Movie Review: Beasts of the Southern Wild (2012)


Title: Beasts of the Southern Wild
Release Date: une 27, 2012
Director: Benh Zeitlin
Production Company: Cinereach | Court 13 | Journeyman Pictures
Summary/Review:

I went into this movie with little knowledge about what it’s about and felt as if I was plunged into a post-apocalyptic science fiction story that begins with the survivors having a big celebration. Eventually, I cottoned on that this story is set in our present day, a reminder that apocalyptic conditions already exist in many places on our earth.  In this case, it is a poor fishing community on Louisiana’s Gulf Coast called The Bathtub that is on the wrong side of the levees (and seemingly outside of governmental control) and thus susceptible to storms and hurricanes.  The movie is clearly a parable for the climate crisis, but it is also so much more.

The movie feels like a fantasy, or magical realism, because its point-of-view character is the 6-year-old Hushpuppy (Quvenzhané Wallis).  Wallis’ stunning performance captures a child both fully competent in navigating the world she’s grown up in but also still a child, who needs security.  She doesn’t find much of that in her volatile father Wink (Dwight Henry) who is dying, and her mother has gone missing some time before.

This movie defies description so I’m not going to summarize it any further. Much like Jaccques Tati’s Playtime, this is a movie unlike anything I’ve ever seen before and probably cannot be duplicated.  It’s a movie with a lot of emotion and imagination, and is a credit to Wallis, Henry, and the rest of the cast.  The direction and the cinematography are inspired, and credit must also be given to the set designers that created believable living spaces filled with floating debris.

Rating: ****

Movie Review: Bill and Ted Face the Music (2020)


Title: Bill and Ted Face the Music
Release Date: August 28, 2020
Director: Dean Parisot
Production Company: Orion Pictures | Endeavor Content | Hammerstone Studios
Summary/Review:

The long delayed sequel to Bill & Ted’s Excellent Adventure (1989) and Bill & Ted’s Bogus Journey (1991) finds our heroes Bill (Alex Winter) and Ted (Keanu Reeves) having failed to write the song that will unite the world, despite exploring increasingly esoteric musical styles.  The strain begins to affect their marriages with Princess Elizabeth (Erinn Hayes) and Princess Joanna (Jayma Mays).  Then Kelly (Kristen Schaal), daughter of their late mentor Rufus, arrives from the future to tell them that their failure to write the song is causing time and space to collapse.

The Bill & Ted films were about goofy teenagers who talked like surfer dudes, so the challenge here is how to make these characters work as middle-aged men.  Winter and Reeves adroitly bring plenty of charm and believability to their roles as man-children.  It also helps that their main plot is to travel to the future and visit older and increasingly antagonistic versions of themselves as they attempt to “steal” the song from themselves.  But youth is served well by Bill and Ted’s daughters, Thea (Samara Weaving, the niece of Reeves’ Matrix antagonist Hugo Weaving) and Billie (Brigette Lundy-Paine) who travel back in time to put together a band for their dads consisting of Jimi Hendrix, Louis Armstrong, Wolfgang Amadeus Mozart, Ling Lun, Grom (a prehistoric drummer), and the real life Kid Cudi.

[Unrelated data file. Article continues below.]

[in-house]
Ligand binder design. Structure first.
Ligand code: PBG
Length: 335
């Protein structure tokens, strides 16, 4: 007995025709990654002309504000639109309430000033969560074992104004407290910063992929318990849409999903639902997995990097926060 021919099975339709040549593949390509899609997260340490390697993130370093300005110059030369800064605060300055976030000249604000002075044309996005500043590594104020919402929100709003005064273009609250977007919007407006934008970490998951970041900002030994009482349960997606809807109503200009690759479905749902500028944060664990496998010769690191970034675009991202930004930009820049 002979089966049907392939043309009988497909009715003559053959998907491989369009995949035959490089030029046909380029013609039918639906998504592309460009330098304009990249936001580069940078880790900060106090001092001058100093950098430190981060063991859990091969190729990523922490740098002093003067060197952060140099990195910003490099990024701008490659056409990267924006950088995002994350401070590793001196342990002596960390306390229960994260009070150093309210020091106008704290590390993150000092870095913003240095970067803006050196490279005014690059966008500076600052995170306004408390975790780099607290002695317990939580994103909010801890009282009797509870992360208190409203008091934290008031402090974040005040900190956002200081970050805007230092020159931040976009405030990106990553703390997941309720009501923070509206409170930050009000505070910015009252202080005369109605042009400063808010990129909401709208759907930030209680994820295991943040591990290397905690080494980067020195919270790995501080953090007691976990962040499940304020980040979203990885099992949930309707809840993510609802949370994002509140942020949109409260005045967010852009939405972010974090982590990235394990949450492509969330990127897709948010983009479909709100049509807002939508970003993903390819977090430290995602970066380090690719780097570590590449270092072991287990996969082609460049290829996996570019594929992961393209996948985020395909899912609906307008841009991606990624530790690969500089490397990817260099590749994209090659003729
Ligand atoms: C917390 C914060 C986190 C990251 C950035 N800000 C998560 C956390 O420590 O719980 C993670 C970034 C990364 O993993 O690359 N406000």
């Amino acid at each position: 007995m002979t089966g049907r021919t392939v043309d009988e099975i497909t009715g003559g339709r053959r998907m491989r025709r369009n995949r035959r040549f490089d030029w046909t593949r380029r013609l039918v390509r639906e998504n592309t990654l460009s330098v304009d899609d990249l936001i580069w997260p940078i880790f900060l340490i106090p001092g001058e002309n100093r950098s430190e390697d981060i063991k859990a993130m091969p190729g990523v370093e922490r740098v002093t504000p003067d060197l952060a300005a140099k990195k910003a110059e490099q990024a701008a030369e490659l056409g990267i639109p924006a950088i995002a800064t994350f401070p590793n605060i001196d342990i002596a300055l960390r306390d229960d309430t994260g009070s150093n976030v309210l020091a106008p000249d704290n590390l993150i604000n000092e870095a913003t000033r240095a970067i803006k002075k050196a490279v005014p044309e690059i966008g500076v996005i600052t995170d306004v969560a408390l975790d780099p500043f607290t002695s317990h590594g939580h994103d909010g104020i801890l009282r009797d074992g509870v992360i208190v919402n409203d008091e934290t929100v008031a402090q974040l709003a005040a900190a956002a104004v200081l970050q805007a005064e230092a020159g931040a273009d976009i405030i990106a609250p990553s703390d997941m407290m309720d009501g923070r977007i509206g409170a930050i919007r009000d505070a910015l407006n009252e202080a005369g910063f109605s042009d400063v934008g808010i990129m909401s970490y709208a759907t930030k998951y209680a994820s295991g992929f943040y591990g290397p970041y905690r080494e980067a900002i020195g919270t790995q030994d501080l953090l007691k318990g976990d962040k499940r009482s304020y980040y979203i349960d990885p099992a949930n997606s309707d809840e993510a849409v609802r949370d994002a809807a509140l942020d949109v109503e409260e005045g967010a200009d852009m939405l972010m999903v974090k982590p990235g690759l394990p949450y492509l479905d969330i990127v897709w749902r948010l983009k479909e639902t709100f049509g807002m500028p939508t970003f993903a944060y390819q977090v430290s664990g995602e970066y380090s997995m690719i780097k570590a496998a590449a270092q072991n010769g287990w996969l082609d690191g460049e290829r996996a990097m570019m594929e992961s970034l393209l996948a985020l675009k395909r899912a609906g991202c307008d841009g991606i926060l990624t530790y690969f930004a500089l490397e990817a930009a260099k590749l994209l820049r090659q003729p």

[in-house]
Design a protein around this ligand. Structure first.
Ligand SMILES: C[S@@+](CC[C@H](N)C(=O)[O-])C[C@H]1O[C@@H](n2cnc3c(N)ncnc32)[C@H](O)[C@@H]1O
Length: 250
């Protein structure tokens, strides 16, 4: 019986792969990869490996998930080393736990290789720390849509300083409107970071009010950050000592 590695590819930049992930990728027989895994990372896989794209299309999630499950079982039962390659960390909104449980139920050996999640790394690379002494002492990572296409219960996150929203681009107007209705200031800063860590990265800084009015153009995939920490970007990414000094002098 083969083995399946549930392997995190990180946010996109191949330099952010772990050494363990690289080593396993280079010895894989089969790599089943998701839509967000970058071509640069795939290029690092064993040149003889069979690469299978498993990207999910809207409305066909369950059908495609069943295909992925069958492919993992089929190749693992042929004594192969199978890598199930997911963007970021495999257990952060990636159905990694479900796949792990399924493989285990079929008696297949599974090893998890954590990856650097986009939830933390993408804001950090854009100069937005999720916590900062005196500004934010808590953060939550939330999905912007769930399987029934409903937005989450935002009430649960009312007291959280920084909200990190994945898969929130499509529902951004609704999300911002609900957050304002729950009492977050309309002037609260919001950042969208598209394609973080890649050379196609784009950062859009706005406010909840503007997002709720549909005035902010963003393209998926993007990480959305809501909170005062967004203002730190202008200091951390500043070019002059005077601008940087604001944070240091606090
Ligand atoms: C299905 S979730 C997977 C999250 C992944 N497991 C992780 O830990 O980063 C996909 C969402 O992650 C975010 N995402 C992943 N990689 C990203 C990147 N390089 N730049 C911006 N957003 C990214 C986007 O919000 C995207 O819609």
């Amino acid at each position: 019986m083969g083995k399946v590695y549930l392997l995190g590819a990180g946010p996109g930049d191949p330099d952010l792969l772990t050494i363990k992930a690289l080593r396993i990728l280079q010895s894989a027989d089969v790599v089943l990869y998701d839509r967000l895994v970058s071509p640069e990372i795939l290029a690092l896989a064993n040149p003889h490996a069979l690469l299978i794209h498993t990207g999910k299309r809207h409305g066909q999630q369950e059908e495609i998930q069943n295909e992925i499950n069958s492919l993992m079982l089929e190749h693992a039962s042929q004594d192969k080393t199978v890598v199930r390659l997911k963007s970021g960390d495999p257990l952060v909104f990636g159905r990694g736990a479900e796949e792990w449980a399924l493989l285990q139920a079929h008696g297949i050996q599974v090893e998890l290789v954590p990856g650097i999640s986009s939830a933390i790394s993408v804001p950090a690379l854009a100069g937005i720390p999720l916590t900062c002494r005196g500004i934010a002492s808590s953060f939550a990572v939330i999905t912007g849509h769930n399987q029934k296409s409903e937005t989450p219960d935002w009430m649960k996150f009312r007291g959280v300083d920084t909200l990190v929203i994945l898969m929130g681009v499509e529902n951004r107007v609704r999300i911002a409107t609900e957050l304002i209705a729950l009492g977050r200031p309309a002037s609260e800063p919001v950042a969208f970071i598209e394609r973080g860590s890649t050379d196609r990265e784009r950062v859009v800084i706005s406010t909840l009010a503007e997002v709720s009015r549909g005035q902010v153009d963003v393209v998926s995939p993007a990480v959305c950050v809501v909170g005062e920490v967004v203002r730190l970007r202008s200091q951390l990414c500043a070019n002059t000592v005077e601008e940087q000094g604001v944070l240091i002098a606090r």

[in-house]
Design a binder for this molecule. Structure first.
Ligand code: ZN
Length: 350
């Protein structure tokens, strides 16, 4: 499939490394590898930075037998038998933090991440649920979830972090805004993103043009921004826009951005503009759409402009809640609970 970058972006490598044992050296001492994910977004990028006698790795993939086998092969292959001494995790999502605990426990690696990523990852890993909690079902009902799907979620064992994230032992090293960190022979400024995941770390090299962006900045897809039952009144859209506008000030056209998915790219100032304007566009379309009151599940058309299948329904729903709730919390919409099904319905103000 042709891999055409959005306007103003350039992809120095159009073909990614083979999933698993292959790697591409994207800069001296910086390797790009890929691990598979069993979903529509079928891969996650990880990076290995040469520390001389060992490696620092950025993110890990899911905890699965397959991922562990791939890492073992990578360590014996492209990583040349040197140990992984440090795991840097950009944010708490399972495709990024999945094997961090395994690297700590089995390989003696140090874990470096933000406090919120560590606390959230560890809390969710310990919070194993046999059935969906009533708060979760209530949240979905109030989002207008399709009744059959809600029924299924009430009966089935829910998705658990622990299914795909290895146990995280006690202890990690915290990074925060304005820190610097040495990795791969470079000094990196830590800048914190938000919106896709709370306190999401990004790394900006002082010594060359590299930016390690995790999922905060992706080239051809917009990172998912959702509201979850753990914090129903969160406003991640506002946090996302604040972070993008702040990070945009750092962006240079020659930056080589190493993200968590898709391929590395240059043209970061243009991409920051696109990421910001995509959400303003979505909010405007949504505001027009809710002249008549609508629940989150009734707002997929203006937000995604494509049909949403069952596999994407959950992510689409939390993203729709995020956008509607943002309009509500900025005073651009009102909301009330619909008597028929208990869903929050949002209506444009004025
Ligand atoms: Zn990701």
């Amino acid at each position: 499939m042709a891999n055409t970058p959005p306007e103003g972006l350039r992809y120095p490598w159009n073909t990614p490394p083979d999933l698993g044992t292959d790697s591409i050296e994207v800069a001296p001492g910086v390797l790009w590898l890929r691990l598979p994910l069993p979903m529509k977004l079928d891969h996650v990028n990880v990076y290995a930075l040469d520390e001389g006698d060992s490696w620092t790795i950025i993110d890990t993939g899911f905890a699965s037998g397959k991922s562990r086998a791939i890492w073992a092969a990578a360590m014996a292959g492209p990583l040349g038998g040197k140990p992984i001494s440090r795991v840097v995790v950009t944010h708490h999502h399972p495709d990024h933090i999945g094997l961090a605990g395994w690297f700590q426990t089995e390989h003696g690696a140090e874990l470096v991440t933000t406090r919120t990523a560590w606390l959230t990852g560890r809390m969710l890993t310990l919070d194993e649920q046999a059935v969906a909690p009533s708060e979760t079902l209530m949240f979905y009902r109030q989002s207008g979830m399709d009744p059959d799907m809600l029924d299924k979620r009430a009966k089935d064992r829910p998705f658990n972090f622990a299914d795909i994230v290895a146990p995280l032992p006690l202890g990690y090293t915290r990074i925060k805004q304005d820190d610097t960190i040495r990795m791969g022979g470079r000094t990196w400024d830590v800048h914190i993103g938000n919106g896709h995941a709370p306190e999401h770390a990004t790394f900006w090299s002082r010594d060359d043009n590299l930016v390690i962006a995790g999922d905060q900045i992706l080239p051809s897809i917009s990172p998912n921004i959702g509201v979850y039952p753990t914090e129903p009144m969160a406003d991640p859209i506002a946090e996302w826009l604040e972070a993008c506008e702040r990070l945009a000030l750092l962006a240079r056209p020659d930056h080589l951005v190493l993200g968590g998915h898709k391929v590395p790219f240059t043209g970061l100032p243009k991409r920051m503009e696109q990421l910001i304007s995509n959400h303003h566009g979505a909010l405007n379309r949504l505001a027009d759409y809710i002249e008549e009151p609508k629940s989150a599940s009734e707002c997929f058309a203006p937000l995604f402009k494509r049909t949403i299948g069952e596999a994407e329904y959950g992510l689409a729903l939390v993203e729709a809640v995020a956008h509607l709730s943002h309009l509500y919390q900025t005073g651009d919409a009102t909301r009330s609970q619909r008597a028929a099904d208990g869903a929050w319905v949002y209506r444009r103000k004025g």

This movie is far better than it has any right to be, channeling the quirky charm and imagination of its forebears into an updated setting.  It has its flaws.  Schaal, a great comic performer, is underused and the Dennis joke is one-note and annoying.  But overall it’s a great finale to the series.  And while a fourth Bill & Ted movie would be unwise, I’m totally on board for a Billie & Thea spinoff movie.

Rating: ***

Movie Review: Blindspotting (2018)


Title: Blindspotting
Release Date: July 20, 2018
Director: Carlos López Estrada
Production Company: Summit Entertainment | Codeblack Films | Snoot Entertainment
Summary/Review:

Real life lifelong friends Daveed Diggs (of Hamilton and Unbreakable Kimmy Schmidt fame) and Rafael Casal wrote and star in this film about gentrification and police violence in Oakland.  Diggs plays Collin Hoskins on the last three days of probation after being convicted for assault . Casal plays his volatile friend Miles Turner who does things like purchase a gun illegally, smokes weed, and picks fist fights that seem destined to get Collin to violate the terms of his probation.  Collin and Miles work together at a moving company and spend much of their social time together as well with Mile’s wife Ashley (Jasmine Cephas Jones) and their adorable child Sean.

The movie starts off as a goofy comedy as Collin tries to avoid getting ensnared by Miles’ clueless misbehavior and they both make fun of the white hipsters taking over Oakland.  Things begin to shift to a more serious drama after Collin witnesses a cop murder a Black man by shooting him in the back.   This is one of those movies where the sequence of events happening close together with a lot of coincidences is extremely unlikely.  But you have to set aside plot machinations to focus on the acting performances and the underlying social message of the film. Particularly well done is that while Collin and Miles have had similar life experiences, nevertheless, the experience for Collin as a Black man is different from what Miles has as a white man, something the latter has to learn.